What I am saying is that I thought I knew it all… but there is always more to learn, as there always is when you think you know it all. I’m willing to give the benefit of the doubt and believe that most local authorities, CCGs or Health Trusts aren’t deliberately trying to hide much. But I do think they are awful at making information as accessible as it really should be to the public. Try entering any local authority website and just finding out who the main people responsible for Safeguarding are, for instance – and you are likely to find yourself having to wend your way through several pages to get to a place where you can download some minutes of a committee or an annual report to find some actual names.

For contact details it’s even harder; the Wooden Spoon award has to go to Birmingham City Council, which you might almost believe had made a deliberate decision not to reveal any management names below the Chief Executive – unless it’s the courageous people responsible for the library service. Grr Come on people; if you want to be paid to be responsible for something as important as Safeguarding, put your name on it! Gold award would go to Coventry who bravely publishes an easily accessible and fabulous list of all its senior managers with their job titles and salaries, which makes it a snap to spot immediately who has safeguarding in their title.

When I was a busy middle manager, I remember the air turning blue when a Freedom of Information (FOI) request came through and had to be added to my seeming never ending list of ‘Things to Do’. To be fair, many such requests did not feel like they were citizens trying to find out what they needed to know to negotiate a tricky system; many were from businesses really wanting to know what systems and products we used and thus who they should rugby-tackle to try to get a foothold for their own brands (or they were from researchers for MPs or political parties wanting to ask awkward questions to score points).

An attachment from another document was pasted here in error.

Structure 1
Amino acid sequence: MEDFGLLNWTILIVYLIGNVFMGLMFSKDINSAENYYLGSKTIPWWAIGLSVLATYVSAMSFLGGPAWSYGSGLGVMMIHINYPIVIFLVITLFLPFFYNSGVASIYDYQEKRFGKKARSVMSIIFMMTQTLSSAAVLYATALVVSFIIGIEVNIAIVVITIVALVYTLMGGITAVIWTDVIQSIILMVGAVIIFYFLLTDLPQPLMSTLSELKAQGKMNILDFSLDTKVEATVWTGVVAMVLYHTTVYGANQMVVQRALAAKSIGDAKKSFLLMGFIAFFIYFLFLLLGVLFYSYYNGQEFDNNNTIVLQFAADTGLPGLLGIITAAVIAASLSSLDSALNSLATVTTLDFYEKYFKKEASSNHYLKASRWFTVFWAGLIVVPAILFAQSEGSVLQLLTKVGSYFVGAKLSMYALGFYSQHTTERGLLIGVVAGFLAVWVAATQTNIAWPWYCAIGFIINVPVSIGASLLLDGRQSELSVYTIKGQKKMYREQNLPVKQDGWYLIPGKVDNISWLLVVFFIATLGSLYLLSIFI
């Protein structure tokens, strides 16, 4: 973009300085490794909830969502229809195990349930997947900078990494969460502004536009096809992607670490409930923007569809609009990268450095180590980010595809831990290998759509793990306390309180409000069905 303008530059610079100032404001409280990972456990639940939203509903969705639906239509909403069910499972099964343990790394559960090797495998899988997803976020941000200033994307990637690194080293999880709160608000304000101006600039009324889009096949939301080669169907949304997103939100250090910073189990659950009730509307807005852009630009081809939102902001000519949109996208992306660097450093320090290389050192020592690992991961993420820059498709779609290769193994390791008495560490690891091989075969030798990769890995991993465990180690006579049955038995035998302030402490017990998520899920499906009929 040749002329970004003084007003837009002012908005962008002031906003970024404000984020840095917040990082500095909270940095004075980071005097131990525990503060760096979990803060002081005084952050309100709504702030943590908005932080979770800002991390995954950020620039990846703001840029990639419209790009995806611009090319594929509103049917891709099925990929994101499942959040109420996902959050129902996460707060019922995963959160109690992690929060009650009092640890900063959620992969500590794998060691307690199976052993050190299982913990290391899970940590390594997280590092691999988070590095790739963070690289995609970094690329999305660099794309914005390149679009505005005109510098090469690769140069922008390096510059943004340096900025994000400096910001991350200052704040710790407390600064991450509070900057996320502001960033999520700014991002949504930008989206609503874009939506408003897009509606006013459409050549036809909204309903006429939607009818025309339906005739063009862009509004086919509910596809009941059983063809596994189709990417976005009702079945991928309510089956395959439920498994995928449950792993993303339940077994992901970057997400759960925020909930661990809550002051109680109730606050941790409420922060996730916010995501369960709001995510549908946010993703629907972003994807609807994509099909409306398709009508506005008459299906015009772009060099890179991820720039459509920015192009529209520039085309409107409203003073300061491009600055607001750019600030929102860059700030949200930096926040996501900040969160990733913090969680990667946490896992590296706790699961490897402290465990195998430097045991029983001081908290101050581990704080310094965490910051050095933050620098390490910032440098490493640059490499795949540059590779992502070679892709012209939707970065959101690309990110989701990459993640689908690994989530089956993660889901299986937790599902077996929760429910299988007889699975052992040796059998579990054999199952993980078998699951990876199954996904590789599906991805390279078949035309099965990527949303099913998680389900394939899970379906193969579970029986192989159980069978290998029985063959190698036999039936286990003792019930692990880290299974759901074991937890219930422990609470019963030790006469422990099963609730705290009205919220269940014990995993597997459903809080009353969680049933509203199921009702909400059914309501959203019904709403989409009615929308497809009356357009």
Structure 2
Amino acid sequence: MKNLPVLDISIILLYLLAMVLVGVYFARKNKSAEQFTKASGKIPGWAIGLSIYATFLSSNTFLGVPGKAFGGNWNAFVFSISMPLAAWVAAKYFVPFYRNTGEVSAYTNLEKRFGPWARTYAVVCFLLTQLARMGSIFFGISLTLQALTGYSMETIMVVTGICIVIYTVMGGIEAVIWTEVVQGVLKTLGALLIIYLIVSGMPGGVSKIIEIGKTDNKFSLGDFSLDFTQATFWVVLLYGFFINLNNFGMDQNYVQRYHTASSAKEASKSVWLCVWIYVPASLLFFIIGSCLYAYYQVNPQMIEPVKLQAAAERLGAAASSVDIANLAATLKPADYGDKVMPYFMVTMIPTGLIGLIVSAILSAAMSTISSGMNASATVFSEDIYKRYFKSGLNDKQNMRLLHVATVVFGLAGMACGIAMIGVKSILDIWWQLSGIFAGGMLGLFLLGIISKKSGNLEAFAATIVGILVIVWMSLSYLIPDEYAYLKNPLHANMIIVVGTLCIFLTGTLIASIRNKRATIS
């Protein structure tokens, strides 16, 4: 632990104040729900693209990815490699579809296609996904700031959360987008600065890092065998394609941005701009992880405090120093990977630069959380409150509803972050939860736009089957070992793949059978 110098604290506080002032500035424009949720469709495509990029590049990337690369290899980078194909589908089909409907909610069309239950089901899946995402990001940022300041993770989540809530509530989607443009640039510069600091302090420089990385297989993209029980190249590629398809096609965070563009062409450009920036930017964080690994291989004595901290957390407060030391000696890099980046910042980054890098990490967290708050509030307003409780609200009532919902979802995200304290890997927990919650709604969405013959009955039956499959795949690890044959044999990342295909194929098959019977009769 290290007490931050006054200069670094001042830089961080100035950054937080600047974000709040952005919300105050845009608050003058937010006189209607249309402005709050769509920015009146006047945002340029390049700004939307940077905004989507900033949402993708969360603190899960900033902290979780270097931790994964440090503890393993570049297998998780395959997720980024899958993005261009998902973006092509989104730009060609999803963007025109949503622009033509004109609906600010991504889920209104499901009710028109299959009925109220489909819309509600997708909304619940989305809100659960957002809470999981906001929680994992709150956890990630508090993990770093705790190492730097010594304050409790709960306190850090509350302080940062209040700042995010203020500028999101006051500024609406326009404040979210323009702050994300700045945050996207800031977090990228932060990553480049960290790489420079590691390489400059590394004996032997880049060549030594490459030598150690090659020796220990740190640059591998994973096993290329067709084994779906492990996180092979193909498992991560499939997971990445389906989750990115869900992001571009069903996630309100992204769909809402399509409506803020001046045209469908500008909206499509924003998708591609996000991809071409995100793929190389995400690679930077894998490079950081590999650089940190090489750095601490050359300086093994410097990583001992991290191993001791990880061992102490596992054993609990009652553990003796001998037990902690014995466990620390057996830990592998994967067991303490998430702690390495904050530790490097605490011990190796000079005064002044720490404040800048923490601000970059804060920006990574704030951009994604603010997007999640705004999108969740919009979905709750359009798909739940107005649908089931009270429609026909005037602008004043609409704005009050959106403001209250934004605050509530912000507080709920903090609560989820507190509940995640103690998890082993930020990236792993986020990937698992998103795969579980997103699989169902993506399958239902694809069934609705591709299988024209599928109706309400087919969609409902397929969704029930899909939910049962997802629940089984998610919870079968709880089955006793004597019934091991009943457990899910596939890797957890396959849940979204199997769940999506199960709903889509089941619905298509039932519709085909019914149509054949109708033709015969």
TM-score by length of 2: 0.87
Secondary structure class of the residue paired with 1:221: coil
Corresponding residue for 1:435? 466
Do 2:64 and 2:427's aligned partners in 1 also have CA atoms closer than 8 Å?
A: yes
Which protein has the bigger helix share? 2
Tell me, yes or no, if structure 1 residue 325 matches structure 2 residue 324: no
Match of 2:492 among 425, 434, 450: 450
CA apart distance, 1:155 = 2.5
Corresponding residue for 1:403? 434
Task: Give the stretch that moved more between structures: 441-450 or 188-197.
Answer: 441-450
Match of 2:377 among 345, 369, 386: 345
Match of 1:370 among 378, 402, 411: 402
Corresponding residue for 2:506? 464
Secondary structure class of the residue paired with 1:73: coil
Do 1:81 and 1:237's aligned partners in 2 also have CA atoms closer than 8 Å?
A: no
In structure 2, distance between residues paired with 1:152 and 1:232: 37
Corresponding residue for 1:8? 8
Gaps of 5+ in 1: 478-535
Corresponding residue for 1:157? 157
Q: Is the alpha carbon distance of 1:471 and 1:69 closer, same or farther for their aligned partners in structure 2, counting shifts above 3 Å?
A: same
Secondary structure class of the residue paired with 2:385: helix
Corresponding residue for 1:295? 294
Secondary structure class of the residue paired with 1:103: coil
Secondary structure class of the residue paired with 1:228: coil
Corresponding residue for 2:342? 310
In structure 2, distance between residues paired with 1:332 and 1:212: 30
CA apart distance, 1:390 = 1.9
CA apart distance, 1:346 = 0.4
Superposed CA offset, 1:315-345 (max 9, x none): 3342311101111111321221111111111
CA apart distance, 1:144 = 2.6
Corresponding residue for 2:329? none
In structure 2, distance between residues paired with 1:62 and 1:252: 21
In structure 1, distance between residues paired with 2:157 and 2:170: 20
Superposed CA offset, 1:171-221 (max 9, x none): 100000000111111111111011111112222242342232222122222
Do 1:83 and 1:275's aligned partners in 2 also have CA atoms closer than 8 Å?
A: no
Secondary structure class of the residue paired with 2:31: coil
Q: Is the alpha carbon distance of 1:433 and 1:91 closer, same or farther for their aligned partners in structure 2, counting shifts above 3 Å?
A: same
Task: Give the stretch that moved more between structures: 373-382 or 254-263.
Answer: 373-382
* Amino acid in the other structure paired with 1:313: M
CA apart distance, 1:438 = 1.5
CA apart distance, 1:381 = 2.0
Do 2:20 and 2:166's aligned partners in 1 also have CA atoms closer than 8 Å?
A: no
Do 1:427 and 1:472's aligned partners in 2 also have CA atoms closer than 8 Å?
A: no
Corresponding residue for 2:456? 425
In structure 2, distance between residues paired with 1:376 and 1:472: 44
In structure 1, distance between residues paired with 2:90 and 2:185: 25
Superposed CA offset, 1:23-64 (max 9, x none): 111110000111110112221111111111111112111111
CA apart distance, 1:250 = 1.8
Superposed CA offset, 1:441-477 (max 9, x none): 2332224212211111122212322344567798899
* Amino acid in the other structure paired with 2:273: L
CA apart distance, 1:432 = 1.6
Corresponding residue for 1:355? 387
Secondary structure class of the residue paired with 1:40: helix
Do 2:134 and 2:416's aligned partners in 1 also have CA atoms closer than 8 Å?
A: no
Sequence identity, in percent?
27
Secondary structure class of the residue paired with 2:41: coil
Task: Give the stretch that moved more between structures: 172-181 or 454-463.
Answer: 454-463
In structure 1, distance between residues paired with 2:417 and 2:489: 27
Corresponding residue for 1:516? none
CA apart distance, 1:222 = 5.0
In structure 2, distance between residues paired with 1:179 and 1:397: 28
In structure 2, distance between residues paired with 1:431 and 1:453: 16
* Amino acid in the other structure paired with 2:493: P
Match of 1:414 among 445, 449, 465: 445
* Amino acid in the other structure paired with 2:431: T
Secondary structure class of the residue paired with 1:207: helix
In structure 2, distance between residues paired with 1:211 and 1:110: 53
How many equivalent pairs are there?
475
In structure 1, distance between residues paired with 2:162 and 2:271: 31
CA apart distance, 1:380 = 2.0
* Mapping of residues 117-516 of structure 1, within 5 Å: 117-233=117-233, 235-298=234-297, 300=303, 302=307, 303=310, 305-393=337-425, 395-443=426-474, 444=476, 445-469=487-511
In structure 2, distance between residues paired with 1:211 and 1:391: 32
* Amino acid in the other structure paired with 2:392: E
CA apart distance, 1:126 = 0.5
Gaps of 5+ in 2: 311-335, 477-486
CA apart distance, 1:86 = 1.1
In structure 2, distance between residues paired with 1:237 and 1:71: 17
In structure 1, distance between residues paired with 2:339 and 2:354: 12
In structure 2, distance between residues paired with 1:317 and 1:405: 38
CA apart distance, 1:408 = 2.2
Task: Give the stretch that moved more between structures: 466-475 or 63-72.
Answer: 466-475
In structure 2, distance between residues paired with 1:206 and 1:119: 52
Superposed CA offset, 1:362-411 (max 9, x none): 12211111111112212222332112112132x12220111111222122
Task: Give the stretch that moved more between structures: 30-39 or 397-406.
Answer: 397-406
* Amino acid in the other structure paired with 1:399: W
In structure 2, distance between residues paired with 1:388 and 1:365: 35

The thing is, now I have found a use for ‘Freedom of Information’ information and bless their cotton socks, our fellow citizens who have been beavering away at getting information suddenly seem very useful. Specifically, I have been trying to gather a list of safeguarding lead names for the West Midlands but the varying quality of local authority, heath trust and CCG websites means that while some have excellent information almost immediately discoverable by very simple searches, others are like searching for the proverbial needle in the vast haystack. Luckily, great website called \’Whatdotheyknow\’ as come in very handy for my purposes; if I want to know it, you can bet someone else wanted to know it before me. WhatDoTheyKnow is run and maintained by UK Citizens Online Democracy, a group that wants to help enable people to frame their FOI requests in a brief note and then they send the request to the relevant public authorities.